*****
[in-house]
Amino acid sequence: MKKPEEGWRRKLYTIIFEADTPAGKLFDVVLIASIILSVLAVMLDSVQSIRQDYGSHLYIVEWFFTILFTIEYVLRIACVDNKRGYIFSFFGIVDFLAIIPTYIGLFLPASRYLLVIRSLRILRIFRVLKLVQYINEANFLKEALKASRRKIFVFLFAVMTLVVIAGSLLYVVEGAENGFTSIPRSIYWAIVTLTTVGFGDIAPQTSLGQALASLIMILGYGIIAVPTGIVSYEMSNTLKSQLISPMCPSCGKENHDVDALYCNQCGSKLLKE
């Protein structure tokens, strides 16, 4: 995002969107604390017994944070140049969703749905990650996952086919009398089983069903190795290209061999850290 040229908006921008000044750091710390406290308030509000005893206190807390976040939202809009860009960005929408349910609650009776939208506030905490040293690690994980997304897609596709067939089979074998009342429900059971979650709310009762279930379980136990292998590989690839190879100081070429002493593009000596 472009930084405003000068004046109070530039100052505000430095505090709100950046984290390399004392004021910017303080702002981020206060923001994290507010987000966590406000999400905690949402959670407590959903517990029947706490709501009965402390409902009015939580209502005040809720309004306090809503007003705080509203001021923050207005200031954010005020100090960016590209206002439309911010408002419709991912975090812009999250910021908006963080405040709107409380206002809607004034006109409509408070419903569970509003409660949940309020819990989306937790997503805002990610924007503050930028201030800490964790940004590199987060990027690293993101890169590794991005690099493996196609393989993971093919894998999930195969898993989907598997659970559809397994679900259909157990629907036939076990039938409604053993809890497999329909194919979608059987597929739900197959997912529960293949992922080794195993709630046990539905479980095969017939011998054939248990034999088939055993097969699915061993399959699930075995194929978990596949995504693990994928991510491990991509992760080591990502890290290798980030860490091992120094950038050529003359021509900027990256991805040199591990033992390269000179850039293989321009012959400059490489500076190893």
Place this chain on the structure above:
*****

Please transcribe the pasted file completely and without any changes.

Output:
[in-house]
Amino acid sequence: MKKPEEGWRRKLYTIIFEADTPAGKLFDVVLIASIILSVLAVMLDSVQSIRQDYGSHLYIVEWFFTILFTIEYVLRIACVDNKRGYIFSFFGIVDFLAIIPTYIGLFLPASRYLLVIRSLRILRIFRVLKLVQYINEANFLKEALKASRRKIFVFLFAVMTLVVIAGSLLYVVEGAENGFTSIPRSIYWAIVTLTTVGFGDIAPQTSLGQALASLIMILGYGIIAVPTGIVSYEMSNTLKSQLISPMCPSCGKENHDVDALYCNQCGSKLLKE
């Protein structure tokens, strides 16, 4: 995002969107604390017994944070140049969703749905990650996952086919009398089983069903190795290209061999850290 040229908006921008000044750091710390406290308030509000005893206190807390976040939202809009860009960005929408349910609650009776939208506030905490040293690690994980997304897609596709067939089979074998009342429900059971979650709310009762279930379980136990292998590989690839190879100081070429002493593009000596 472009930084405003000068004046109070530039100052505000430095505090709100950046984290390399004392004021910017303080702002981020206060923001994290507010987000966590406000999400905690949402959670407590959903517990029947706490709501009965402390409902009015939580209502005040809720309004306090809503007003705080509203001021923050207005200031954010005020100090960016590209206002439309911010408002419709991912975090812009999250910021908006963080405040709107409380206002809607004034006109409509408070419903569970509003409660949940309020819990989306937790997503805002990610924007503050930028201030800490964790940004590199987060990027690293993101890169590794991005690099493996196609393989993971093919894998999930195969898993989907598997659970559809397994679900259909157990629907036939076990039938409604053993809890497999329909194919979608059987597929739900197959997912529960293949992922080794195993709630046990539905479980095969017939011998054939248990034999088939055993097969699915061993399959699930075995194929978990596949995504693990994928991510491990991509992760080591990502890290290798980030860490091992120094950038050529003359021509900027990256991805040199591990033992390269000179850039293989321009012959400059490489500076190893």
Place this chain on the structure above: